ORIGINALLY WRITTEN JERRY ENGLER
The Marion City Commission Monday approved increasing water rates to Marion County Lake by a third in view of the approximate $400,000 the city will have to spend to upgrade its water plant to meet state requirements.
City Administrator Dennis Nichols said the lake’s Marion County Improvement District No. 2 purchased 6.547 million gallons of water in 2001 for $10,475-which would have been increased to $15,516 under the new rate.
The city is entitled to rate increases if expenses go up under its contract with the district, and Nichols said cumulative costs have increased 48.2 percent since the contract began in 1994.
The increase is 77 cents per thousand gallons, from $1.60 per 1,000 gallons to $2.37 per 1,000 gallons.
Because the city has grown to more than 2,000 persons, it has been entitled to a fifth person on the Marion County Economic Development Council. The commissioners appointed Laura Legg, manager of Ampride stores in Marion and Hillsboro, to the position.
Legg formerly represented the City of Tampa on the council, but recently has moved to Marion.
Other appointees to MCEDC from Marion are Nichols, Susan Cooper, Margo Yates and Gene Winkler.
The commissioners approved a resolution establishing a separate fund for the Recreation Commission to facilitate its ability to carry over excess funds annually. Nichols said the fund would be used for revenues and expenses for activities and programs with the city still funding seperately for baseball complex physical facilities.
Librarian Janet Marler and Nichols commended Sunflower, the contracting company on the library/ depot project, for volunteering to help transport books from the old library, and in voluntarily rebuilding damaged historical features of the building such as doors that couldn’t be salvaged.
Marler said Saturday will be the library’s last day open before the move, and the new facility won’t be open until July 15. She is asking public help to have all books checked in by Saturday.
The commissioners approved a resolution to allow library funding to increase from the current 4 mills established in 1983 to a maximum 8 mills if needed at any time with about 6.5 mills expected for 2003.
Nichols said the increase was needed because the increased building size will mean higher utilities and insurance, and, until this year, the city had never insured the library contents.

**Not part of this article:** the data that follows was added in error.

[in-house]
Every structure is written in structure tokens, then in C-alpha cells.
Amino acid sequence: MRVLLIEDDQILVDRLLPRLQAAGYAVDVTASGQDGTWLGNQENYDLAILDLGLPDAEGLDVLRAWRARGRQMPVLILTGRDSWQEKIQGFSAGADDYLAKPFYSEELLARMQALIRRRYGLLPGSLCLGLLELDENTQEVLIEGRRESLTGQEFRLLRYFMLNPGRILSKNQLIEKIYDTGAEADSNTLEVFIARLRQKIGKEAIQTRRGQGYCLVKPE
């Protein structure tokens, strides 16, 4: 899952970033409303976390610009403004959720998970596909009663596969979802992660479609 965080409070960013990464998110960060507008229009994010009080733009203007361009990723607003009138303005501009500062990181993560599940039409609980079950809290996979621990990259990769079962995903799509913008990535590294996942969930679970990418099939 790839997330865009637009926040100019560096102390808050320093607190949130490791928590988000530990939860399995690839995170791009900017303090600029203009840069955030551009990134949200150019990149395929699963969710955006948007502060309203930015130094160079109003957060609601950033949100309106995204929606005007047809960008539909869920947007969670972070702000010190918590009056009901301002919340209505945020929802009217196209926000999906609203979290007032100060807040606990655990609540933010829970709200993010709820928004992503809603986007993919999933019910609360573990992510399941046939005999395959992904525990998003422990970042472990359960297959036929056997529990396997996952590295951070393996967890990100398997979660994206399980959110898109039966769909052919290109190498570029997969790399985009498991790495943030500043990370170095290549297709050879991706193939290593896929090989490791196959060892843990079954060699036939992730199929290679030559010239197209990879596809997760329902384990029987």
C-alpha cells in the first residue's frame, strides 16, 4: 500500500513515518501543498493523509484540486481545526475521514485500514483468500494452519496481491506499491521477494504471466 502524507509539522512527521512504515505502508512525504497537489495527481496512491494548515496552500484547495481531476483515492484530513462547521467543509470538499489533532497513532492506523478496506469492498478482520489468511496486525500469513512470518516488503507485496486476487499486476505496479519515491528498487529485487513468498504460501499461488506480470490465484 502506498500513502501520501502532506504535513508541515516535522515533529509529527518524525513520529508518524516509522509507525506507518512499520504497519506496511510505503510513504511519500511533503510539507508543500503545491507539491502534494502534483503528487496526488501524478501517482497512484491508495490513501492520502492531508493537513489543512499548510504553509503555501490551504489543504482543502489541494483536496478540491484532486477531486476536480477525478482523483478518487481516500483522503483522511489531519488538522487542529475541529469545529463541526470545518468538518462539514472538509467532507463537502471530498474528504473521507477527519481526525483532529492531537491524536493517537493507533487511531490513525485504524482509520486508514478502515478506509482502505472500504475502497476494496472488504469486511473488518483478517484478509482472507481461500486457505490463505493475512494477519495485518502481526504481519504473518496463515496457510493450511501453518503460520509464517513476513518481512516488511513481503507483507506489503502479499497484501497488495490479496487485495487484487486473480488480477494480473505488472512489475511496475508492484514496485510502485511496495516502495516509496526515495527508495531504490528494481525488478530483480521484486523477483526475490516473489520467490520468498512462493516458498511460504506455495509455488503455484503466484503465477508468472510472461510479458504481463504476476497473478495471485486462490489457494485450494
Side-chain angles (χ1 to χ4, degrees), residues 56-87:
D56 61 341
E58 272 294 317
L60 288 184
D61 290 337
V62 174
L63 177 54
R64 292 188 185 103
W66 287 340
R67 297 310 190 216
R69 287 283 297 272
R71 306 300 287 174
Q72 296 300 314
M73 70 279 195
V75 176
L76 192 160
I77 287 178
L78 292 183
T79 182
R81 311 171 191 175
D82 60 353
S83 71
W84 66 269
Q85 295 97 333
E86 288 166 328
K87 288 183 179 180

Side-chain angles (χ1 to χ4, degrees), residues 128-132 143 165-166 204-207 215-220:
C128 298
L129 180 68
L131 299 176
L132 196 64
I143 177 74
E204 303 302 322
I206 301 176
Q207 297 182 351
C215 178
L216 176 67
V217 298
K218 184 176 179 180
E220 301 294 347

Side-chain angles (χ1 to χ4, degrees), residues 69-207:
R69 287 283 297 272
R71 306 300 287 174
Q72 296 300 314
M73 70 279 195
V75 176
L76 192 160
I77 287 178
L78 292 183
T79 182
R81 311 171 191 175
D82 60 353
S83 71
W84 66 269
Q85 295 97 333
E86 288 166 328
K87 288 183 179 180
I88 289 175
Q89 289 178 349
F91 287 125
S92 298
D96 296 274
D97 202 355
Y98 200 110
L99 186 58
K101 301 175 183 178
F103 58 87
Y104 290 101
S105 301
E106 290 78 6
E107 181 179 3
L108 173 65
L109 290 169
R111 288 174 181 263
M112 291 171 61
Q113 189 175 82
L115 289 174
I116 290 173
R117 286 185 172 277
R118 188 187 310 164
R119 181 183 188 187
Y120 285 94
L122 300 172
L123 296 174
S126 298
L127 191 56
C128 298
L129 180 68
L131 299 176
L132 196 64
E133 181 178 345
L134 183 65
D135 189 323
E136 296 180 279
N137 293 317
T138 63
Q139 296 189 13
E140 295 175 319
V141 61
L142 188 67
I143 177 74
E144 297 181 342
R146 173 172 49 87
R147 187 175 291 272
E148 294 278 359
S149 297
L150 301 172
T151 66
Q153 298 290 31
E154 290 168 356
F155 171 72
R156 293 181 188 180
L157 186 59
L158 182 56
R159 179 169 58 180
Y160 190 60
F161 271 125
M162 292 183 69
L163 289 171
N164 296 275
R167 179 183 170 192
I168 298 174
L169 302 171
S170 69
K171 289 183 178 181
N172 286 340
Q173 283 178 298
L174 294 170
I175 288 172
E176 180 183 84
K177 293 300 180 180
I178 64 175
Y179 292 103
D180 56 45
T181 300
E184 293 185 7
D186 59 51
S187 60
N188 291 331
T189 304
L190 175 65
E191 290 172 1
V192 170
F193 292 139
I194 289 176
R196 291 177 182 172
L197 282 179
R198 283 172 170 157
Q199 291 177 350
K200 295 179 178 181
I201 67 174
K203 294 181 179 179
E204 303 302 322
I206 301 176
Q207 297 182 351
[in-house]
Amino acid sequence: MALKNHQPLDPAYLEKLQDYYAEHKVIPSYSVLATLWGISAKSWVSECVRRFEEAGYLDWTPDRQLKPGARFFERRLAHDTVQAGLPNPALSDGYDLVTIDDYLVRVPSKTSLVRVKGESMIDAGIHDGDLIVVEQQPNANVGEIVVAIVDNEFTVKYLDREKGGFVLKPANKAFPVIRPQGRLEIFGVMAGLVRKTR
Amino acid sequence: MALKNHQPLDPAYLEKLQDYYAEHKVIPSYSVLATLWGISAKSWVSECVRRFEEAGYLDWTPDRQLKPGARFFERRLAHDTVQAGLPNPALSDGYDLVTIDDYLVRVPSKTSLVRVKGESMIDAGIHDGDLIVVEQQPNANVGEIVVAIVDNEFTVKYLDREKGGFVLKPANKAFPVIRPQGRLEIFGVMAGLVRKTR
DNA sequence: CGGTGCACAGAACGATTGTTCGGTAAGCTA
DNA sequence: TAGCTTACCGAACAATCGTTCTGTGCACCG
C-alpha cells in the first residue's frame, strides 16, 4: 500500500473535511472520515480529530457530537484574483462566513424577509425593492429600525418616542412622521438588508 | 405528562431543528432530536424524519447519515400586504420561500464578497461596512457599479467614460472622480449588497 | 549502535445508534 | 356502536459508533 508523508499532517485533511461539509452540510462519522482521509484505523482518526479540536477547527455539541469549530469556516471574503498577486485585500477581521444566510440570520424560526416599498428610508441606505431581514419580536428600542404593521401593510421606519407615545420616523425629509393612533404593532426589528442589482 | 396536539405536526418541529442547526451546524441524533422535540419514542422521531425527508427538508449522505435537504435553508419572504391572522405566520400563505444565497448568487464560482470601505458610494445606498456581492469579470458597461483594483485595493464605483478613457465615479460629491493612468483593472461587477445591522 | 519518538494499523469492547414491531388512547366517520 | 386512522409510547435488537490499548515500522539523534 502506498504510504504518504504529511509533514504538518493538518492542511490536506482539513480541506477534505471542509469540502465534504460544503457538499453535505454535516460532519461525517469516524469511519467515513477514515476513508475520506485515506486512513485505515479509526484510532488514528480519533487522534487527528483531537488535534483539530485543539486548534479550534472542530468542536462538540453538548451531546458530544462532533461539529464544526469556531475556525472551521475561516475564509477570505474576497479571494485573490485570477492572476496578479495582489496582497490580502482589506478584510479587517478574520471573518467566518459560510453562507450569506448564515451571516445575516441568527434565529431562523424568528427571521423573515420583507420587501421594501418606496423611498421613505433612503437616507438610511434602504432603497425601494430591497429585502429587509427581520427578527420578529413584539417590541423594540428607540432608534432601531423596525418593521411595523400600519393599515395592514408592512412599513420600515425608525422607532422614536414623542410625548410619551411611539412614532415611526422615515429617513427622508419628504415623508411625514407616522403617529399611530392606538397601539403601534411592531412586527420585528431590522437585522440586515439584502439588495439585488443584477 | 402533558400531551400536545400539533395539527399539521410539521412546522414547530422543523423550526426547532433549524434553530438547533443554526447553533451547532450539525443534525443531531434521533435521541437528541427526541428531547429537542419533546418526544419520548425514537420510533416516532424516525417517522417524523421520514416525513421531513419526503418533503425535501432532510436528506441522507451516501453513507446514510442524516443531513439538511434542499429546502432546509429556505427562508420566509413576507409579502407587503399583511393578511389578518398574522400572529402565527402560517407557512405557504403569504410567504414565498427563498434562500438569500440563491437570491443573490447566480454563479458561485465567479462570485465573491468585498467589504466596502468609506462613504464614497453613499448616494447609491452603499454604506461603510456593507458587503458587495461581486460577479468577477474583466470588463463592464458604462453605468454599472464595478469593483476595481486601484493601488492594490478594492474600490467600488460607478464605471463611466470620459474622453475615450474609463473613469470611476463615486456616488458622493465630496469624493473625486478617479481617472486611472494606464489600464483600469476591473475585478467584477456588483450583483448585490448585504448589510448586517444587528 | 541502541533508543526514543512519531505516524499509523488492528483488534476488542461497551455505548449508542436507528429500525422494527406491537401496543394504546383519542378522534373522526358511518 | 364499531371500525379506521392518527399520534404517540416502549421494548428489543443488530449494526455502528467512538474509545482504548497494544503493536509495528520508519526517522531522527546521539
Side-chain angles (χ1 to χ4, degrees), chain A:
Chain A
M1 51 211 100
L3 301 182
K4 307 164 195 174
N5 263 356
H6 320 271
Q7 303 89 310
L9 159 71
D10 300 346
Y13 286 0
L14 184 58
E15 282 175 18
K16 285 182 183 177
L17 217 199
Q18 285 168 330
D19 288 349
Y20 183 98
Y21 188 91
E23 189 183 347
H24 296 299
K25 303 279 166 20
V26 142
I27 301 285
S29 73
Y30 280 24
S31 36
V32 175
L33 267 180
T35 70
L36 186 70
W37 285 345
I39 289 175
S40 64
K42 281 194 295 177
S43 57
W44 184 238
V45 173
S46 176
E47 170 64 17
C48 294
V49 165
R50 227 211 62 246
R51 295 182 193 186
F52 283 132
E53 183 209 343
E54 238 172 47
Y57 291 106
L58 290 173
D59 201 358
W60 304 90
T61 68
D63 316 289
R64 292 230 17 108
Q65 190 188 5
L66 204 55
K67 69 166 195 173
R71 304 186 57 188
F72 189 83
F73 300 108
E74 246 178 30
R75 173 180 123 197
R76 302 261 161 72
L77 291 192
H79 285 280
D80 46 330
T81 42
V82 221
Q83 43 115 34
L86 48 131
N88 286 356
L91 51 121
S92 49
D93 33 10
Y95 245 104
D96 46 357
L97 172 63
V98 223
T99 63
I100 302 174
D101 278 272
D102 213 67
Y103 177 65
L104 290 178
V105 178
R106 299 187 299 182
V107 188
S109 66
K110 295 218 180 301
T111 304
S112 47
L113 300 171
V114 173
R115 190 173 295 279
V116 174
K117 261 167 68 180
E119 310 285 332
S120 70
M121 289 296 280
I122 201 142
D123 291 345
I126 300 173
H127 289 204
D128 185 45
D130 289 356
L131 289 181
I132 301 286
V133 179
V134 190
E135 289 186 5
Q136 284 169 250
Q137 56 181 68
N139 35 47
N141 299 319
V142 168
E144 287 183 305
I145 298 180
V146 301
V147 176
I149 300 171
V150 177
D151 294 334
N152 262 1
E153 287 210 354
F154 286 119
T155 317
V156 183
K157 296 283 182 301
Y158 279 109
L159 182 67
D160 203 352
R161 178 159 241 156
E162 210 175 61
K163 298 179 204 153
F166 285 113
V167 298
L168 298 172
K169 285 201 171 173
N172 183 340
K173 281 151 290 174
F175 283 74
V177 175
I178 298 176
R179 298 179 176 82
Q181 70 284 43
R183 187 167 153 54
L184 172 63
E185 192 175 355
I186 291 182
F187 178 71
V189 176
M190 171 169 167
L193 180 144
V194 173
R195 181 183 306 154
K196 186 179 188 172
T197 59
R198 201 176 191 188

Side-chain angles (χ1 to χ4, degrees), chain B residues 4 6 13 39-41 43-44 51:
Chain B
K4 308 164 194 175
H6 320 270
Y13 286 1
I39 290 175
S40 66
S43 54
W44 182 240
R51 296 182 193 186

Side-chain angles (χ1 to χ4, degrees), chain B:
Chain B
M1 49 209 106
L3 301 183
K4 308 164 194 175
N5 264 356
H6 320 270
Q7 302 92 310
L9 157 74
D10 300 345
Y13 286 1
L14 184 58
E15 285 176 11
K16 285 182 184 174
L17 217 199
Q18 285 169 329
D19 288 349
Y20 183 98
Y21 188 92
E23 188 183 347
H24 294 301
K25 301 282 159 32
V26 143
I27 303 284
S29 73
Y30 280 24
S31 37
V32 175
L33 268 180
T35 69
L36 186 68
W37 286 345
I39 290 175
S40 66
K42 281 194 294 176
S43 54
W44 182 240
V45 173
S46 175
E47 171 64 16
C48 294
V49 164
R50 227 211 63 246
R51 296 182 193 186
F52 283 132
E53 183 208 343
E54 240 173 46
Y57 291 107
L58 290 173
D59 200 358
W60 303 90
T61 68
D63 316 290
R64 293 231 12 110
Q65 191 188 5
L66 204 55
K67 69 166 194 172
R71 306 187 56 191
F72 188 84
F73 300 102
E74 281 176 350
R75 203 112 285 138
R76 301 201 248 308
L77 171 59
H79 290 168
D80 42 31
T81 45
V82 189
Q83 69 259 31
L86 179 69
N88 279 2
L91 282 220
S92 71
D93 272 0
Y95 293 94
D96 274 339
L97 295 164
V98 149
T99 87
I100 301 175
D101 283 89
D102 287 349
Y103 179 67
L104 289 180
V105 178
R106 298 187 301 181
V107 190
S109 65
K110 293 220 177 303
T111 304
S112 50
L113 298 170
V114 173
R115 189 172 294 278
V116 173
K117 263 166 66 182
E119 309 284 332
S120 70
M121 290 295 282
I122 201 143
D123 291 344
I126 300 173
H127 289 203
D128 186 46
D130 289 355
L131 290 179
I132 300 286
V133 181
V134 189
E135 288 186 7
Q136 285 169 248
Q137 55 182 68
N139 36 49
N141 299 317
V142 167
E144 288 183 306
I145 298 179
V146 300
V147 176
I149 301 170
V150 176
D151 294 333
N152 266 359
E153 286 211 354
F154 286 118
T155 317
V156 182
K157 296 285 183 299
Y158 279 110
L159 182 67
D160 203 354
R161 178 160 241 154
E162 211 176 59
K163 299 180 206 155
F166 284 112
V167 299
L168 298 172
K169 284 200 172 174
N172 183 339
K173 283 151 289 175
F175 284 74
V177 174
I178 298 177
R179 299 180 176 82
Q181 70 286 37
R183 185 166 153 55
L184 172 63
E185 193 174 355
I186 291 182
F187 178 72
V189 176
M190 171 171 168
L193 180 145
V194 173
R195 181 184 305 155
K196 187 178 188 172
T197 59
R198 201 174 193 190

The library is expected to operate for longer hours, and Marler’s employment had been increased from part-time to full-time, making her elegible for employee benefits such as health insurance, he said.
Mayor Eloise Mueller suggested the tree dump burn site be kept open a uniform 4 p.m. to 7 p.m. weekdays instead of 1p.m. to 4 p.m. some days, and that Saturday hours continue from 9 a.m. to noon and from 1 p.m. to 5 p.m.. Marty Fredrickson, street superintendent was directed by commissioners to implement the hours.
Burn site revenue for the year-to-date was reported at $1,246 with attendant labor expense at $2,060.
Cooper, who is development director, said Bob Brooks, assisted living developer, has investors committed for most funding, but needs one more. She said he expects to close on land purchase, and announce new plans in about two weeks.
Fredrickson said contractors laying replacement sewer line have been slowed by rock, and have discovered 1920s hand-dug lines laid to line-width in the rock.
The commissioners approved paying warrants for $188,388.61 and payroll for $26,130.76.
Largest amounts were to Westar for electricity for $62,475.89, Mies Construction for sewer line replacement for $59,250, Swindoll, Janzen, Hawk & Loyd for $8,123, and Central National Bank for airport hanger lease/purchase for $23,142.63.
Nichols said with industrial park, sewer and water line projects and library nearing completion, warrants should return to more customary levels.